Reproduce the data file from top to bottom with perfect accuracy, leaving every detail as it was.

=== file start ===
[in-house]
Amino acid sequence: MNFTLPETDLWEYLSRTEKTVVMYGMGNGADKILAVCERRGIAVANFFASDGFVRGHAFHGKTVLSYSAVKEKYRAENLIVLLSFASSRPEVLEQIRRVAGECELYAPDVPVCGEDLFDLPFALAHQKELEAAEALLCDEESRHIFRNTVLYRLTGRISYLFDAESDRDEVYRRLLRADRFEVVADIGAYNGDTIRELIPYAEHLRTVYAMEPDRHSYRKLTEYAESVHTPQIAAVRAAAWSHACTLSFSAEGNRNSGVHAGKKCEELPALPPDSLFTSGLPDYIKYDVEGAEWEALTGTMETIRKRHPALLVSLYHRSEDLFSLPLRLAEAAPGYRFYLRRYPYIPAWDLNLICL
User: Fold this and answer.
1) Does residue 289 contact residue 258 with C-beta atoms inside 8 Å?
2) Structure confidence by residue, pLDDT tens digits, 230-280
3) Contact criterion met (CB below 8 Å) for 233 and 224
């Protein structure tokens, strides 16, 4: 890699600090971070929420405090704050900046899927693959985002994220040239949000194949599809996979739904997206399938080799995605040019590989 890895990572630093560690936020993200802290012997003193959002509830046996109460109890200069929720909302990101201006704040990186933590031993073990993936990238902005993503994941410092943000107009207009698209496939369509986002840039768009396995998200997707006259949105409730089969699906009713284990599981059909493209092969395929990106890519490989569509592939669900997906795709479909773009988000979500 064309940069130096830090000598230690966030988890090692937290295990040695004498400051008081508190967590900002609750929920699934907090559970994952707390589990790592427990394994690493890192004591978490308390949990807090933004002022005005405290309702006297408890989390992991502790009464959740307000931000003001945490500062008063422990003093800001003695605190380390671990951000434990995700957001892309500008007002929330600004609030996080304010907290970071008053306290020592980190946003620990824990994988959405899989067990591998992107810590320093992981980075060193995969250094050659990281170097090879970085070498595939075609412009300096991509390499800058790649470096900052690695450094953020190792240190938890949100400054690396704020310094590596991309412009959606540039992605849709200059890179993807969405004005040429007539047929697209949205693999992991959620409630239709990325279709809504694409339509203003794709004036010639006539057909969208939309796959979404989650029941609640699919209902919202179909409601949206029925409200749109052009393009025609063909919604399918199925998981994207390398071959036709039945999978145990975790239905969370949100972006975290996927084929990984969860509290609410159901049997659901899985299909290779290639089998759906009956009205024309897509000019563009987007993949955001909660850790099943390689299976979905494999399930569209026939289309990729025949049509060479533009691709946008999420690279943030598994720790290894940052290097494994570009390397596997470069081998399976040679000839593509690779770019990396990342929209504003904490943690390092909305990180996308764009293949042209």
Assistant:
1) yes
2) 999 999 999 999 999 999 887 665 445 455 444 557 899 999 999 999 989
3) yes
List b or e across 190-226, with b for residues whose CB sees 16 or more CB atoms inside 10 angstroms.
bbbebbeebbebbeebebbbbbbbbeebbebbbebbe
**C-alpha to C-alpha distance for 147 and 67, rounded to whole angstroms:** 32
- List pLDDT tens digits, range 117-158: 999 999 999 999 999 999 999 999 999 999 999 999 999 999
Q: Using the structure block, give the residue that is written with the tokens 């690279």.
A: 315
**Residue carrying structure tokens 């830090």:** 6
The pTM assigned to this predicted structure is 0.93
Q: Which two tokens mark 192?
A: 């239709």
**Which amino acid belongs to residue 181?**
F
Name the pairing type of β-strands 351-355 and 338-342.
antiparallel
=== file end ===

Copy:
[in-house]
Amino acid sequence: MNFTLPETDLWEYLSRTEKTVVMYGMGNGADKILAVCERRGIAVANFFASDGFVRGHAFHGKTVLSYSAVKEKYRAENLIVLLSFASSRPEVLEQIRRVAGECELYAPDVPVCGEDLFDLPFALAHQKELEAAEALLCDEESRHIFRNTVLYRLTGRISYLFDAESDRDEVYRRLLRADRFEVVADIGAYNGDTIRELIPYAEHLRTVYAMEPDRHSYRKLTEYAESVHTPQIAAVRAAAWSHACTLSFSAEGNRNSGVHAGKKCEELPALPPDSLFTSGLPDYIKYDVEGAEWEALTGTMETIRKRHPALLVSLYHRSEDLFSLPLRLAEAAPGYRFYLRRYPYIPAWDLNLICL
User: Fold this and answer.
1) Does residue 289 contact residue 258 with C-beta atoms inside 8 Å?
2) Structure confidence by residue, pLDDT tens digits, 230-280
3) Contact criterion met (CB below 8 Å) for 233 and 224
């Protein structure tokens, strides 16, 4: 890699600090971070929420405090704050900046899927693959985002994220040239949000194949599809996979739904997206399938080799995605040019590989 890895990572630093560690936020993200802290012997003193959002509830046996109460109890200069929720909302990101201006704040990186933590031993073990993936990238902005993503994941410092943000107009207009698209496939369509986002840039768009396995998200997707006259949105409730089969699906009713284990599981059909493209092969395929990106890519490989569509592939669900997906795709479909773009988000979500 064309940069130096830090000598230690966030988890090692937290295990040695004498400051008081508190967590900002609750929920699934907090559970994952707390589990790592427990394994690493890192004591978490308390949990807090933004002022005005405290309702006297408890989390992991502790009464959740307000931000003001945490500062008063422990003093800001003695605190380390671990951000434990995700957001892309500008007002929330600004609030996080304010907290970071008053306290020592980190946003620990824990994988959405899989067990591998992107810590320093992981980075060193995969250094050659990281170097090879970085070498595939075609412009300096991509390499800058790649470096900052690695450094953020190792240190938890949100400054690396704020310094590596991309412009959606540039992605849709200059890179993807969405004005040429007539047929697209949205693999992991959620409630239709990325279709809504694409339509203003794709004036010639006539057909969208939309796959979404989650029941609640699919209902919202179909409601949206029925409200749109052009393009025609063909919604399918199925998981994207390398071959036709039945999978145990975790239905969370949100972006975290996927084929990984969860509290609410159901049997659901899985299909290779290639089998759906009956009205024309897509000019563009987007993949955001909660850790099943390689299976979905494999399930569209026939289309990729025949049509060479533009691709946008999420690279943030598994720790290894940052290097494994570009390397596997470069081998399976040679000839593509690779770019990396990342929209504003904490943690390092909305990180996308764009293949042209």
Assistant:
1) yes
2) 999 999 999 999 999 999 887 665 445 455 444 557 899 999 999 999 989
3) yes
List b or e across 190-226, with b for residues whose CB sees 16 or more CB atoms inside 10 angstroms.
bbbebbeebbebbeebebbbbbbbbeebbebbbebbe
**C-alpha to C-alpha distance for 147 and 67, rounded to whole angstroms:** 32
- List pLDDT tens digits, range 117-158: 999 999 999 999 999 999 999 999 999 999 999 999 999 999
Q: Using the structure block, give the residue that is written with the tokens 């690279």.
A: 315
**Residue carrying structure tokens 């830090």:** 6
The pTM assigned to this predicted structure is 0.93
Q: Which two tokens mark 192?
A: 């239709």
**Which amino acid belongs to residue 181?**
F
Name the pairing type of β-strands 351-355 and 338-342.
antiparallel